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Last of the Gadarene

By Mark Gatiss

Book review by Brad Schmidt

I imagine Last of the Gadarene is supposed to be classic Pertwee, and of the Target and Terrance Dicks kind. Probably quite coincidentally, given that it is a vital part of the plot anyway, the aeroplane on the cover sports a similar logo as those cherished masterpieces, and Mark Gatiss takes the time to inform us of who the man on the cover is.

Quite why anyone would want to emulate any of these three with the freedom of a novel is beyond me. However Gadarene also manages to juggle being a full-length novel quite successfully, and it's not as bland in retrospect as it seems at times in reading. The Doctor, cape-flowing and chin-stroking, is reluctantly enlisted to help UNIT in investigating mysterious goings-on in a small Daemons-esque village. There's also an unexpected appearance by a character utterly evocative of the era, who perhaps ensures a final conviction of where and when these events are taking place.

Gatiss so alludes to - perhaps borrows from - the Alien movies that for a moment I wondered if it was an actual crossover. An international airport is being opened in the east Anglian village of Culverton, by a mysterious group of aliens - the refugee Gadarene - who possess humans by clinging parasitically to their faces. It's another novel in the many squeezed between Planet of the Daleks and The Green Death, but for once Jo escapes possession and her upcoming departure is further foreshadowed.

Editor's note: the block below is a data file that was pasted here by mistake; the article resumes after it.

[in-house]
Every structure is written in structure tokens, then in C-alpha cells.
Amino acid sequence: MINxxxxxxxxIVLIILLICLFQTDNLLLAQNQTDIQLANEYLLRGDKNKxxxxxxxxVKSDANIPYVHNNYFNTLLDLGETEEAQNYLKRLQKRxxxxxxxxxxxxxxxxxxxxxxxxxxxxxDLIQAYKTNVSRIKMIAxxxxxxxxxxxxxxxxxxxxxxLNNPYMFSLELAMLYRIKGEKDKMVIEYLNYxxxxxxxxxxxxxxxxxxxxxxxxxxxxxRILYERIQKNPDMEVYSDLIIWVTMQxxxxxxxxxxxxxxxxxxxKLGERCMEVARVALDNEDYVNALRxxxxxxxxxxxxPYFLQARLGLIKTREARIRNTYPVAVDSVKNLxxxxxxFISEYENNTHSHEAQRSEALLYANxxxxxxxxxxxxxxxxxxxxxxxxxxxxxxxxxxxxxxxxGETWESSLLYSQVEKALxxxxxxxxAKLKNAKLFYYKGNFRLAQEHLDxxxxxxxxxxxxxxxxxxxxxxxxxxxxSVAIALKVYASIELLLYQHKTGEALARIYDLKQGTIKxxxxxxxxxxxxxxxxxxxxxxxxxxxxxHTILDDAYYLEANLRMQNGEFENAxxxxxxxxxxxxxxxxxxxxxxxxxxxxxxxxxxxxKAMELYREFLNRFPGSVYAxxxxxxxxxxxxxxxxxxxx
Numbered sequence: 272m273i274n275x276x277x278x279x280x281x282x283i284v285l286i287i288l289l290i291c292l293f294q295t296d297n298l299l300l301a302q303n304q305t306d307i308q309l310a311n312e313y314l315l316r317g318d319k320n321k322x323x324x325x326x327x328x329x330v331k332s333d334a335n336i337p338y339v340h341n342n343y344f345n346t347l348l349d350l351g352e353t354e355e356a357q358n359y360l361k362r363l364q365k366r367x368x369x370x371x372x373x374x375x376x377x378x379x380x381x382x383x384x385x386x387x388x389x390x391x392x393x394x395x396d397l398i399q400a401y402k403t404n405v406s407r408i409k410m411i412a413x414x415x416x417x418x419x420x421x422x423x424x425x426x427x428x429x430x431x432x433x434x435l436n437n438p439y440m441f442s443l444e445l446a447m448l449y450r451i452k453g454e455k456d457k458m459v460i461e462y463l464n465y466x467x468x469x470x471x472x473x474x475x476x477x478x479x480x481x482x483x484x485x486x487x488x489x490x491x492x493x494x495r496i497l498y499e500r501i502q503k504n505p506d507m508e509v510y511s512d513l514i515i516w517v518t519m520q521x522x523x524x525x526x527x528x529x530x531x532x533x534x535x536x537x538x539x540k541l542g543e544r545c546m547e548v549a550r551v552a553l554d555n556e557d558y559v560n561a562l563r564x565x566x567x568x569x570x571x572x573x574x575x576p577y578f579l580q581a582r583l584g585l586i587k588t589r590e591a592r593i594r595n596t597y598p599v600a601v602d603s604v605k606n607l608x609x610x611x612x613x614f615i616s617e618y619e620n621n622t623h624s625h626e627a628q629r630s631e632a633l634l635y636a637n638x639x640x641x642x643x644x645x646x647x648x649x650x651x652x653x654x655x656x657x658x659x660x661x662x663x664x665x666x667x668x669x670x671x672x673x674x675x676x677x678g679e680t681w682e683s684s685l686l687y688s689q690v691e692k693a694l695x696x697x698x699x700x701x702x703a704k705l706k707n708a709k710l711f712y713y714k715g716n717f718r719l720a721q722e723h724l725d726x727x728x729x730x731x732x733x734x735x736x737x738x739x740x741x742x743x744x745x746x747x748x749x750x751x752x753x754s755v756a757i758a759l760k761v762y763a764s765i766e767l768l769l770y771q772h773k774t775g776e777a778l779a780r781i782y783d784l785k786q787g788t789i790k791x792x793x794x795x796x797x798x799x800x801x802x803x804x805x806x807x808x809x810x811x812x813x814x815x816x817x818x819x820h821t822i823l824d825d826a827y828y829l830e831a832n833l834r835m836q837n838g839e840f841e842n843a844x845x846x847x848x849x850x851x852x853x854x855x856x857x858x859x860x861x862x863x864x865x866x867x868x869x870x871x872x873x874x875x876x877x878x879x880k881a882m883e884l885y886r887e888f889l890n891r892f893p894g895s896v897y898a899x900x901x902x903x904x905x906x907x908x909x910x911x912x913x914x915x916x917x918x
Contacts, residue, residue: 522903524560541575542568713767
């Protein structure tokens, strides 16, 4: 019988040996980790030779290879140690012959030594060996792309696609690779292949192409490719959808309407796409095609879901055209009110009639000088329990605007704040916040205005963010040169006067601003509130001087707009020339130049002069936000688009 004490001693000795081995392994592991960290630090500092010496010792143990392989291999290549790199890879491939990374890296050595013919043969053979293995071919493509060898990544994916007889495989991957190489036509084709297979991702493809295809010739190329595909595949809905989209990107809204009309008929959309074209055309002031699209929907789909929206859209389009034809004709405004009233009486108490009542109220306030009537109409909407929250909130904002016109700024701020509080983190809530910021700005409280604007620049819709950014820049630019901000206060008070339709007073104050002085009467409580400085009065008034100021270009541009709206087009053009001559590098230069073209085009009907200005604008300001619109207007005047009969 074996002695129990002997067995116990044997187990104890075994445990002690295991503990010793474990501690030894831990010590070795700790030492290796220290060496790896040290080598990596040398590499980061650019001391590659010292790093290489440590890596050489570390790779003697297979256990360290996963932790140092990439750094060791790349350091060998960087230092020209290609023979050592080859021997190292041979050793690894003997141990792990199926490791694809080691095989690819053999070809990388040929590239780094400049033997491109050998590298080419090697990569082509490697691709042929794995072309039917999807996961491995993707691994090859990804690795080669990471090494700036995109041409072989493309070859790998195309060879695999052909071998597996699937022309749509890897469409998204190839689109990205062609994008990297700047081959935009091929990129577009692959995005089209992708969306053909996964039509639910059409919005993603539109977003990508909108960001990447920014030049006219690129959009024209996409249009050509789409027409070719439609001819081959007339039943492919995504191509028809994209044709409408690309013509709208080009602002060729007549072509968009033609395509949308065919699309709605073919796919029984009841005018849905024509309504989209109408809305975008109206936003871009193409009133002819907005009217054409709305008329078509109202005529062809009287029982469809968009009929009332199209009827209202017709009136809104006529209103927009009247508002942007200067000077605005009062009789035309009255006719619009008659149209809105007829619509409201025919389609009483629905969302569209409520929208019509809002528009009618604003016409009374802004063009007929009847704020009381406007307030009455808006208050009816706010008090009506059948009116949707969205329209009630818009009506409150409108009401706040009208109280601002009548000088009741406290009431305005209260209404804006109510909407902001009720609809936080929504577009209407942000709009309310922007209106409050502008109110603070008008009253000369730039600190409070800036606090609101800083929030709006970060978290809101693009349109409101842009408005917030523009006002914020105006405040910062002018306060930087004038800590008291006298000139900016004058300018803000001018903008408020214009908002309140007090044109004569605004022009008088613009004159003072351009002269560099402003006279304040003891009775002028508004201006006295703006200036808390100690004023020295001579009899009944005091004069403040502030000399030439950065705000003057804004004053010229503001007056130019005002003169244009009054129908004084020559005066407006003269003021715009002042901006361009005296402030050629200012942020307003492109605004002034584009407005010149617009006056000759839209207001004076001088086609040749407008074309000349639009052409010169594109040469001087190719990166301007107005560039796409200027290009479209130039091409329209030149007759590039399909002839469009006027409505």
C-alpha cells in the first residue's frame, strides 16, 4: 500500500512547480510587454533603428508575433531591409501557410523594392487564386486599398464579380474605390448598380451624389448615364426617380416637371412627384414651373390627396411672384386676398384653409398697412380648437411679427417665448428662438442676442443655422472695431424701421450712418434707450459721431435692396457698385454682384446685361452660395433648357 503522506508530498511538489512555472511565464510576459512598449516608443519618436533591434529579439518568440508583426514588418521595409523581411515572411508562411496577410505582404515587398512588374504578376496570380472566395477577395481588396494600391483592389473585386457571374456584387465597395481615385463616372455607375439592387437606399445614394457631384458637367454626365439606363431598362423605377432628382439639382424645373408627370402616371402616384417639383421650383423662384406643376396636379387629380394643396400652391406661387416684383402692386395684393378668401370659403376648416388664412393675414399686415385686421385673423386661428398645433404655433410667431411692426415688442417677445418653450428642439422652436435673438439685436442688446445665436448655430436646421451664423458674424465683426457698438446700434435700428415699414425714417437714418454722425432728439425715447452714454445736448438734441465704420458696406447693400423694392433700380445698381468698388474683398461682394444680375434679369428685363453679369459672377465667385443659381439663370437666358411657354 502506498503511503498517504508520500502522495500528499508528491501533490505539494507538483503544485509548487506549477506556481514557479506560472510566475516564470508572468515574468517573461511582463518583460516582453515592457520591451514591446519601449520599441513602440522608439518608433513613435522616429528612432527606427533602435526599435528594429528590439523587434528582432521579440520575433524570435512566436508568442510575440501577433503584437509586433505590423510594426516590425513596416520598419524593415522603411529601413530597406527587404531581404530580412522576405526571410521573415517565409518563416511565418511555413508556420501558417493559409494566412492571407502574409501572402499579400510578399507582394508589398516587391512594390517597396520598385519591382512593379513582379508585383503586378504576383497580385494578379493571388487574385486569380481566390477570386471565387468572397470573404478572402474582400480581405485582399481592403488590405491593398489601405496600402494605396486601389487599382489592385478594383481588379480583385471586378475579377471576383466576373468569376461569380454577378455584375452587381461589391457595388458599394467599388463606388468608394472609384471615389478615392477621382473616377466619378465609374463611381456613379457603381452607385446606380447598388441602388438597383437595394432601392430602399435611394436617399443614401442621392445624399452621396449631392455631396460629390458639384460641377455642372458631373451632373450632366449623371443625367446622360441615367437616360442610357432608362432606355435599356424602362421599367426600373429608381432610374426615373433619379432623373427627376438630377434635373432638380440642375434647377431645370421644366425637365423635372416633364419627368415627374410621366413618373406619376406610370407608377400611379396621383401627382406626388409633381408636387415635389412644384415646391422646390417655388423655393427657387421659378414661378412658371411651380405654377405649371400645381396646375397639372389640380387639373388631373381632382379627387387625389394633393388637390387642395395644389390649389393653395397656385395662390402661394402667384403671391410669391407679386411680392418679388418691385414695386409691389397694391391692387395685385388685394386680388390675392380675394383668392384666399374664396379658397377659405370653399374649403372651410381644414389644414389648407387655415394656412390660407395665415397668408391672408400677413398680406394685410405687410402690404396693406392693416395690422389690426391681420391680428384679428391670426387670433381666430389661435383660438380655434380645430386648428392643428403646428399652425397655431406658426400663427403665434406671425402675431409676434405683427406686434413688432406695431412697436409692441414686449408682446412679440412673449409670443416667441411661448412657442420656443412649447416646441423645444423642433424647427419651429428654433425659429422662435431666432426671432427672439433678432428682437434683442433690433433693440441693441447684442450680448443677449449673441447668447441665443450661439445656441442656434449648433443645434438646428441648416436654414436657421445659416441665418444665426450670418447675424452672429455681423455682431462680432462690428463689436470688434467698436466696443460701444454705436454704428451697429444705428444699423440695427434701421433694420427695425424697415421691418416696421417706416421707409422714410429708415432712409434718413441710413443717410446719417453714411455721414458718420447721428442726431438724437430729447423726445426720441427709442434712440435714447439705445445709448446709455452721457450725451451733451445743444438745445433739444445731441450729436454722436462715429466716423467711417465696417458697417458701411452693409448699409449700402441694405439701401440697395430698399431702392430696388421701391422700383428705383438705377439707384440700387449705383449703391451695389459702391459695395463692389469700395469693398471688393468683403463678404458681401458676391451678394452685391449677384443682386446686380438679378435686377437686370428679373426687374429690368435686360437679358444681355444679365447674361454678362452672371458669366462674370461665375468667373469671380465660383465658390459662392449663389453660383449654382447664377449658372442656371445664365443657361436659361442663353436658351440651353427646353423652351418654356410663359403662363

There's a memorable but almost sadistic scene in which the Doctor forestalls a swarm of zombie-like villagers by throwing laughing gas in their midst, and throughout the story their physical possession is such that they cannot help smiling broadly. Paradoxically, this delighted appearance is a stroke of dark in a light-hearted novel, supported by the fact the Gadarene are nocturnal and to them light is intolerable. This theme of light recurs throughout the novel, especially in that the village of Culverton is holding its summer fete during these events.

I suppose that with the morbidity of the Eighth Doctor novels of late, some balance is needed. Gadarene is at least light without being bland, and features an event that has surprisingly not been presented before. Attempting to be evocative of an already entirely familiar era, Last of the Gadarene is successful. [3/5]

This item appeared in TSV 60 (June 2000).

Index nodes: Last of the Gadarene